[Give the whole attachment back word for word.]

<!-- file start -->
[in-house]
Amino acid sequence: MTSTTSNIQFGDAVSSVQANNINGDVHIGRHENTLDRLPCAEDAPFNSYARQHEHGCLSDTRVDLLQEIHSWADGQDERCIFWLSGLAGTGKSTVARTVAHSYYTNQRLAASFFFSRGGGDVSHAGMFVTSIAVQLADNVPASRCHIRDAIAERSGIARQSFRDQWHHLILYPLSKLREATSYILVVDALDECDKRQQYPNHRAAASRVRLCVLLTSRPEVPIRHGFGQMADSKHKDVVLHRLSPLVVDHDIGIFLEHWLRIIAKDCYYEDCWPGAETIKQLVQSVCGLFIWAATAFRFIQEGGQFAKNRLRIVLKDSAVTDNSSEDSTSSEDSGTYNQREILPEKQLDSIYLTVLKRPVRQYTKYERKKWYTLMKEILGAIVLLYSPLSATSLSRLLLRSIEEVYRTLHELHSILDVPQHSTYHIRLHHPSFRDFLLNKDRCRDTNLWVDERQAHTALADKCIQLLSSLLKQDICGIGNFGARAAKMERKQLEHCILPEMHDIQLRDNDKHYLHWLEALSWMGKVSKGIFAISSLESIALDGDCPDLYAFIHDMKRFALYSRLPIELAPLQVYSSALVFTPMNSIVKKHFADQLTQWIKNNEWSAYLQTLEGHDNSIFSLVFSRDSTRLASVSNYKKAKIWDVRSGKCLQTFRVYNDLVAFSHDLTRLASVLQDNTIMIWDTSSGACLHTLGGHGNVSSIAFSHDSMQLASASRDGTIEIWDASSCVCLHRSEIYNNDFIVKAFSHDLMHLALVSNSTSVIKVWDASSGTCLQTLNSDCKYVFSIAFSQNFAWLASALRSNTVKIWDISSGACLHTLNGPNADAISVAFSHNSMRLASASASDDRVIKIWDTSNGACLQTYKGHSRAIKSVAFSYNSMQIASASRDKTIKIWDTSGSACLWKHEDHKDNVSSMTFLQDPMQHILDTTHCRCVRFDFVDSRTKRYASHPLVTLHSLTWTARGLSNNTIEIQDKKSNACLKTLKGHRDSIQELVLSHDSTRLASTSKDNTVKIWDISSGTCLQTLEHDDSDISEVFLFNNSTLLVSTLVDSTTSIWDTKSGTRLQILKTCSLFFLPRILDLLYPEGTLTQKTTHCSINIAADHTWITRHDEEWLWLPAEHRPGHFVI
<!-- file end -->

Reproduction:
[in-house]
Amino acid sequence: MTSTTSNIQFGDAVSSVQANNINGDVHIGRHENTLDRLPCAEDAPFNSYARQHEHGCLSDTRVDLLQEIHSWADGQDERCIFWLSGLAGTGKSTVARTVAHSYYTNQRLAASFFFSRGGGDVSHAGMFVTSIAVQLADNVPASRCHIRDAIAERSGIARQSFRDQWHHLILYPLSKLREATSYILVVDALDECDKRQQYPNHRAAASRVRLCVLLTSRPEVPIRHGFGQMADSKHKDVVLHRLSPLVVDHDIGIFLEHWLRIIAKDCYYEDCWPGAETIKQLVQSVCGLFIWAATAFRFIQEGGQFAKNRLRIVLKDSAVTDNSSEDSTSSEDSGTYNQREILPEKQLDSIYLTVLKRPVRQYTKYERKKWYTLMKEILGAIVLLYSPLSATSLSRLLLRSIEEVYRTLHELHSILDVPQHSTYHIRLHHPSFRDFLLNKDRCRDTNLWVDERQAHTALADKCIQLLSSLLKQDICGIGNFGARAAKMERKQLEHCILPEMHDIQLRDNDKHYLHWLEALSWMGKVSKGIFAISSLESIALDGDCPDLYAFIHDMKRFALYSRLPIELAPLQVYSSALVFTPMNSIVKKHFADQLTQWIKNNEWSAYLQTLEGHDNSIFSLVFSRDSTRLASVSNYKKAKIWDVRSGKCLQTFRVYNDLVAFSHDLTRLASVLQDNTIMIWDTSSGACLHTLGGHGNVSSIAFSHDSMQLASASRDGTIEIWDASSCVCLHRSEIYNNDFIVKAFSHDLMHLALVSNSTSVIKVWDASSGTCLQTLNSDCKYVFSIAFSQNFAWLASALRSNTVKIWDISSGACLHTLNGPNADAISVAFSHNSMRLASASASDDRVIKIWDTSNGACLQTYKGHSRAIKSVAFSYNSMQIASASRDKTIKIWDTSGSACLWKHEDHKDNVSSMTFLQDPMQHILDTTHCRCVRFDFVDSRTKRYASHPLVTLHSLTWTARGLSNNTIEIQDKKSNACLKTLKGHRDSIQELVLSHDSTRLASTSKDNTVKIWDISSGTCLQTLEHDDSDISEVFLFNNSTLLVSTLVDSTTSIWDTKSGTRLQILKTCSLFFLPRILDLLYPEGTLTQKTTHCSINIAADHTWITRHDEEWLWLPAEHRPGHFVI